Monday, 29 September 2014

A Most Wanted Man

Given the enormous budgets and associated stratospheric expectations, it appears more than likely that The Hunger Games: Mockingjay, parts 1 and 2, will serve as the more bombastic episodes in the staggered swan song of the late, great Philip Seymour Hoffman. Those concluding chapters of the ridiculously good Hunger Games series will undoubtedly reap huge rewards at the box office, assuring the actor of an appropriately large canvas on which to be memorialised. 

Whatever the scale of those adventures, it is unlikely that such blockbuster fare will provide for as fascinating a display of Hoffman’s onscreen omnipotence as the rumpled, cigarette-caressing Teutonic spymaster Günther Bachmann. A secondary presence in John Le Carré’s 2008 novel, A Most Wanted Man, Bachmann’s importance is enhanced and brought to life here by Dutch filmmaker Anton Corbijn along with Hoffman. The latter's death in February robbed cinema of, arguably, its greatest contemporary talent. 

As befits the famous writer’s back catalogue, A Most Wanted Man, is a masterfully constructed Euro thriller, dripping with the cold paranoia of a post-9/11 reality. That seminal event is the prism through which all actions are judged and in Hamburg — its oily waters provide the backdrop to an ominous opening title card — these considerations are especially relevant. For it was in Germany’s great port city that the landscape-altering attacks of 2001 were conceived, then planned; their genesis was hidden, goes the implication, by a proud tradition of multiculturalism. 

German intelligence is determined to cripple the ‘offcuts of a nation called Islam’ in any way that it can. Its point man in this endeavour is Hoffman’s rotund Bachmann, the hard-drinking patriarch of a small unit operating on the peripheries of its nation’s laws by sniffing out extremist cells, recruiting assets and generally engaging in the kind of high-stakes espionage with which Le Carré is so familiar. 

A wonderfully complex character, Bachmann is every inch the jaded spook. His modus operandi relies on intuition and an innate understanding of his foes, yet regardless of his ethereal tendencies he is a true believer, the tip of the spear in a war against horrifying, demonstrably destructive ideologies. 

Hoffman is simply fascinating then, deftly imbuing Bachmann’s shuffling frame with a wheezing, open-collared inelegance and a cutting turn of phrase. Early on, a petty securicrat pompously advises him that terrorists ‘hide among us.’ ‘Do they?’ say Bachmann, wryly, disgust long ago replaced by wearied acceptance of the minimal appreciation for his craft. Stalking from scene to scene, like sage warrior, Bachmann mistrusts the American partners and his own government’s hulking bureaucracy, wary of its inability to get out of his way, to let him do his job.

His intricate plans revolve around a callow Chechen immigrant, Issa Karpov (a superb Grigoriy Dobrygin), and the fortune Karpov’s father laundered through the bank of Willem Dafoe’s quietly amoral financier, Tommy Brue, whose obsession with lawyer Annabel Richter (Rachel McAdams) forms the thrust of the literary source material. Employing all of the means at his disposal, Bachmann intends to use the money to hook, and turn, ostensibly moderate Muslim academic Dr. Faisal Abdullah (Homayoun Ershadi).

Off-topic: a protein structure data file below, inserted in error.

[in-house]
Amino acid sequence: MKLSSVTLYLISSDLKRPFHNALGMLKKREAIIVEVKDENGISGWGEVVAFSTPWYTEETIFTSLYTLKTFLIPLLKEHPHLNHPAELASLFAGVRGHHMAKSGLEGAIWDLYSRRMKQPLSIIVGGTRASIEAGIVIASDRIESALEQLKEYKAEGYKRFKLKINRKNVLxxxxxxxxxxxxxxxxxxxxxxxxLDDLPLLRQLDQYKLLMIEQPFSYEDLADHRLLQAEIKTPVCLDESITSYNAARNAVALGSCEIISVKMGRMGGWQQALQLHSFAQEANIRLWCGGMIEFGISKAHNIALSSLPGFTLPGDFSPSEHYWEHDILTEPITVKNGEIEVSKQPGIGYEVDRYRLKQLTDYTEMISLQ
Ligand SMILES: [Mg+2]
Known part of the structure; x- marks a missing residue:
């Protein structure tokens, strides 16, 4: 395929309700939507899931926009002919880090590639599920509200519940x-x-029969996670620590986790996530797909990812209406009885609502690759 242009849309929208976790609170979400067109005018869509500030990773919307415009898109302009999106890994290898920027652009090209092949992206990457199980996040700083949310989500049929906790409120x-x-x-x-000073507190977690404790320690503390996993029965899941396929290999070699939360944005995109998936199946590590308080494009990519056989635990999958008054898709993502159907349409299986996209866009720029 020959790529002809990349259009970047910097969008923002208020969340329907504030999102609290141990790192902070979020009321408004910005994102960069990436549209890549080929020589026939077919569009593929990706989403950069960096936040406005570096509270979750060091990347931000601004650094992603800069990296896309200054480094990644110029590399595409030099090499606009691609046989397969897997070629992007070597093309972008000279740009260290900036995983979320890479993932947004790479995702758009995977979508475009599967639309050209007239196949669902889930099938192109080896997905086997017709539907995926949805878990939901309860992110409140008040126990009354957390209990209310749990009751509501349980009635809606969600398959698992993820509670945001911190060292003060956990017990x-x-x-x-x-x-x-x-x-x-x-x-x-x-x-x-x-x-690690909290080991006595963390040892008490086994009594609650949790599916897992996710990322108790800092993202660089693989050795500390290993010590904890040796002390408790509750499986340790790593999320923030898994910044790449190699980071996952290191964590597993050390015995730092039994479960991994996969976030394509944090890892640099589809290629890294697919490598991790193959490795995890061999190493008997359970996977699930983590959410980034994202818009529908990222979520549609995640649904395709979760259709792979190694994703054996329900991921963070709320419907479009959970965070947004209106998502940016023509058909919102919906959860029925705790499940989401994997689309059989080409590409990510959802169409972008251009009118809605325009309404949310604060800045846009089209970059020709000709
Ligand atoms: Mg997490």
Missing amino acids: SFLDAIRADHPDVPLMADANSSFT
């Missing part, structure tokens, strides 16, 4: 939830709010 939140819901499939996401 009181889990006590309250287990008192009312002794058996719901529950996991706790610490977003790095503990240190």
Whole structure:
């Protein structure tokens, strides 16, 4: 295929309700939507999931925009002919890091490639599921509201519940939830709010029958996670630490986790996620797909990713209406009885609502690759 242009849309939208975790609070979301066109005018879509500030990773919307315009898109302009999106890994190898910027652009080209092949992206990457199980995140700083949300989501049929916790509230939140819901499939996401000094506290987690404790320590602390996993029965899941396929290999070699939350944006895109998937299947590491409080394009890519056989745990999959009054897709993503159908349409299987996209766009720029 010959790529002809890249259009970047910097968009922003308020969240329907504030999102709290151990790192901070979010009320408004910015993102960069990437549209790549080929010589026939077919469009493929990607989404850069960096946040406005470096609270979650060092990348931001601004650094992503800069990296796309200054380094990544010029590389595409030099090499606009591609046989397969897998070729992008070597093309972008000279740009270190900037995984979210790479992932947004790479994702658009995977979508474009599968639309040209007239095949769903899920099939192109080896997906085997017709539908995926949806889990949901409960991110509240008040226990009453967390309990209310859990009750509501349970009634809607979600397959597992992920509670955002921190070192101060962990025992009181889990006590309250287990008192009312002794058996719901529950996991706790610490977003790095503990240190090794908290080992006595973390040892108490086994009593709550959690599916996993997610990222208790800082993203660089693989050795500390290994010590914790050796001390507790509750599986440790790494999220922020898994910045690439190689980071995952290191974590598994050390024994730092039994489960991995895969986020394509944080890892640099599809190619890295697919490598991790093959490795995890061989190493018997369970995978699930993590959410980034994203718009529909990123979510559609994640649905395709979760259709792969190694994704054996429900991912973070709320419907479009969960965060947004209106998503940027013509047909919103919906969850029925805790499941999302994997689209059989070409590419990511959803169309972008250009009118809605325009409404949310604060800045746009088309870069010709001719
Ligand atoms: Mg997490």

That is the basic thrust of Corbijn’s picture but, in truth, the complexities of international diplomacy and simple human nature jostle to spoil Bachmann’s design. Even the subject of the title is unclear. Is he the man in question, with his deceptively sharp mind and the information others desire? Perhaps our focus should be on the devout Issa, haunted by a monstrous past and unaware of his place in the tangled web. Abdullah seems the most obvious candidate: urbane, safe, undeniably suspicious. 

Whoever sits at the centre of its myriad strands, A Most Wanted Man is a surprisingly straightforward thriller, lacking the coolly vacillating narrative conjured by Le Carré in the excellent, restrained Tinker Tailor Soldier Spy. Corbijn’s confident direction allows a dense story to breath and as the extent of Bachmann’s closely guarded scheme shifts into view, he keeps a tight reign on the action. The tension is not especially palpable by the conclusion but there is sincerity beneath that icy tone, its refined vibe never compromised by anything approaching hysteria.

This is a step up for Corbijn whose last cinematic offering, The American, was little more than a vacuous star vehicle for a game George Clooney. It ably captured the subtle beauty of an Italian winter, of course, and, as expected, the visual work here is outstanding. His Hamburg is a blue-collar cosmopolis, at once brutal and exquisite, the default location for a gritty tale of such unashamedly European stylings. The sturdiness of the storytelling, however, is a pleasant surprise considering the director — a telling waypoint in Corbijn’s progression from artist to auteur. 

Indeed, as the crucial final piece slots into place, that which could have been played for the pleasures of the multiplex stays rooted in a world forged not by Bachmann’s thoughtful precision but by the political pragmatism of unyielding CIA officer Martha Sullivan (an incredibly menacing Robin Wright). Her ever-smiling exterior is clearly an act, a tool in a game only she fully comprehends.

If this is her game, then Hoffman is surely the star player and there exists an element of genuine tragedy in the fact that we will never again see him in a film so suited to his singular brilliance. 

An edited version of this article was first published here.

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